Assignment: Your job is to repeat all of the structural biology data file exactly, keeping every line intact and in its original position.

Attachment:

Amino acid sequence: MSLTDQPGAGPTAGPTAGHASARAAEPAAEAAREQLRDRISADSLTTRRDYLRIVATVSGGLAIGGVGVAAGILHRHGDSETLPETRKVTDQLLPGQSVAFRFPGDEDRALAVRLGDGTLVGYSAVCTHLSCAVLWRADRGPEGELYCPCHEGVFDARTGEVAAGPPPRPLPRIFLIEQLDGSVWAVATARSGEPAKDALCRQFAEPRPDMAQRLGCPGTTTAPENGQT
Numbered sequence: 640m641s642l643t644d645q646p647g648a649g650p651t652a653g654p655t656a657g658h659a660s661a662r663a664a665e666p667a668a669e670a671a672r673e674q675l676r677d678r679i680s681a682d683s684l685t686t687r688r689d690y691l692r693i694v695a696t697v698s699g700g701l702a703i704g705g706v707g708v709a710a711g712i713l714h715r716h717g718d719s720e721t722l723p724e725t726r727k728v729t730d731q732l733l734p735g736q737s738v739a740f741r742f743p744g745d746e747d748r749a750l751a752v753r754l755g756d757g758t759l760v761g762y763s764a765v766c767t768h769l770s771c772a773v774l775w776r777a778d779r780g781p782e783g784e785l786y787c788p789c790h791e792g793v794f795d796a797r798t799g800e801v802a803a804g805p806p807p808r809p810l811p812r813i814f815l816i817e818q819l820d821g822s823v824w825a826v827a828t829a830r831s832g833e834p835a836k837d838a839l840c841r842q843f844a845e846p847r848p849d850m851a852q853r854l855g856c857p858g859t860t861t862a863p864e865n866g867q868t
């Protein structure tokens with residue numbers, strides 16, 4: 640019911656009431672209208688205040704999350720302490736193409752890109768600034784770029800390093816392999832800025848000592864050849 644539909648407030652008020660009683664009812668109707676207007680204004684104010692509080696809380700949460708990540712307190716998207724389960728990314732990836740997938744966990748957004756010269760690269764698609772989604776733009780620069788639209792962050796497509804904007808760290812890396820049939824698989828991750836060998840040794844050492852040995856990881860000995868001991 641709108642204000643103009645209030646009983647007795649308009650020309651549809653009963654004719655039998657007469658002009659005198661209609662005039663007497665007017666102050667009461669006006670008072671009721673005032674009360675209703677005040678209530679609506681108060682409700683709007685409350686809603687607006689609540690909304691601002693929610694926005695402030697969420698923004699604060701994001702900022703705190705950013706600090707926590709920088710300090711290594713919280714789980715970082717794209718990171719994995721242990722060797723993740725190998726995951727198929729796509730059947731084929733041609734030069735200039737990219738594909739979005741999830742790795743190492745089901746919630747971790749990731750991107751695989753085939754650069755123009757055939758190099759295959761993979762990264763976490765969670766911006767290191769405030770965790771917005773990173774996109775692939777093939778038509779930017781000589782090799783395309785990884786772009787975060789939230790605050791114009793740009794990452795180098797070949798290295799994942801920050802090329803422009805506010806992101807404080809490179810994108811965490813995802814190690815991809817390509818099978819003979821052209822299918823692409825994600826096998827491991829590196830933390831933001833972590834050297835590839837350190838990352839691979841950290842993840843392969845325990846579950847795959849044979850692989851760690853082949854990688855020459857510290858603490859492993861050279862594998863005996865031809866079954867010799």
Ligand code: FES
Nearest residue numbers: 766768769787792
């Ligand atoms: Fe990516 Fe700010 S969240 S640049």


Amino acid sequence: MSLTDQPGAGPTAGPTAGHASARAAEPAAEAAREQLRDRISADSLTTRRDYLRIVATVSGGLAIGGVGVAAGILHRHGDSETLPETRKVTDQLLPGQSVAFRFPGDEDRALAVRLGDGTLVGYSAVCTHLSCAVLWRADRGPEGELYCPCHEGVFDARTGEVAAGPPPRPLPRIFLIEQLDGSVWAVATARSGEPAKDALCRQFAEPRPDMAQRLGCPGTTTAPENGQT
Numbered sequence: 640m641s642l643t644d645q646p647g648a649g650p651t652a653g654p655t656a657g658h659a660s661a662r663a664a665e666p667a668a669e670a671a672r673e674q675l676r677d678r679i680s681a682d683s684l685t686t687r688r689d690y691l692r693i694v695a696t697v698s699g700g701l702a703i704g705g706v707g708v709a710a711g712i713l714h715r716h717g718d719s720e721t722l723p724e725t726r727k728v729t730d731q732l733l734p735g736q737s738v739a740f741r742f743p744g745d746e747d748r749a750l751a752v753r754l755g756d757g758t759l760v761g762y763s764a765v766c767t768h769l770s771c772a773v774l775w776r777a778d779r780g781p782e783g784e785l786y787c788p789c790h791e792g793v794f795d796a797r798t799g800e801v802a803a804g805p806p807p808r809p810l811p812r813i814f815l816i817e818q819l820d821g822s823v824w825a826v827a828t829a830r831s832g833e834p835a836k837d838a839l840c841r842q843f844a845e846p847r848p849d850m851a852q853r854l855g856c857p858g859t860t861t862a863p864e865n866g867q868t
């Protein structure tokens with residue numbers, strides 16, 4: 640019911656009431672209208688205040704999350720302490736193409752890109768600034784770029800390093816392999832800025848000592864050849 644539909648407030652008020660009683664009812668109707676207007680204004684104010692509080696809380700949460708990540712307190716998207724389960728990314732990836740997938744966990748957004756010269760690269764698609772989604776733009780620069788639209792962050796497509804904007808760290812890396820049939824698989828991750836060998840040794844050492852040995856990881860000995868001991 641709108642204000643103009645209030646009983647007795649308009650020309651549809653009963654004719655039998657007469658002009659005198661209609662005039663007497665007017666102050667009461669006006670008072671009721673005032674009360675209703677005040678209530679609506681108060682409700683709007685409350686809603687607006689609540690909304691601002693929610694926005695402030697969420698923004699604060701994001702900022703705190705950013706600090707926590709920088710300090711290594713919280714789980715970082717794209718990171719994995721242990722060797723993740725190998726995951727198929729796509730059947731084929733041609734030069735200039737990219738594909739979005741999830742790795743190492745089901746919630747971790749990731750991107751695989753085939754650069755123009757055939758190099759295959761993979762990264763976490765969670766911006767290191769405030770965790771917005773990173774996109775692939777093939778038509779930017781000589782090799783395309785990884786772009787975060789939230790605050791114009793740009794990452795180098797070949798290295799994942801920050802090329803422009805506010806992101807404080809490179810994108811965490813995802814190690815991809817390509818099978819003979821052209822299918823692409825994600826096998827491991829590196830933390831933001833972590834050297835590839837350190838990352839691979841950290842993840843392969845325990846579950847795959849044979850692989851760690853082949854990688855020459857510290858603490859492993861050279862594998863005996865031809866079954867010799």
Ligand code: FES
Nearest residue numbers: 766768769787792
């Ligand atoms: Fe990516 Fe700010 S969240 S640049």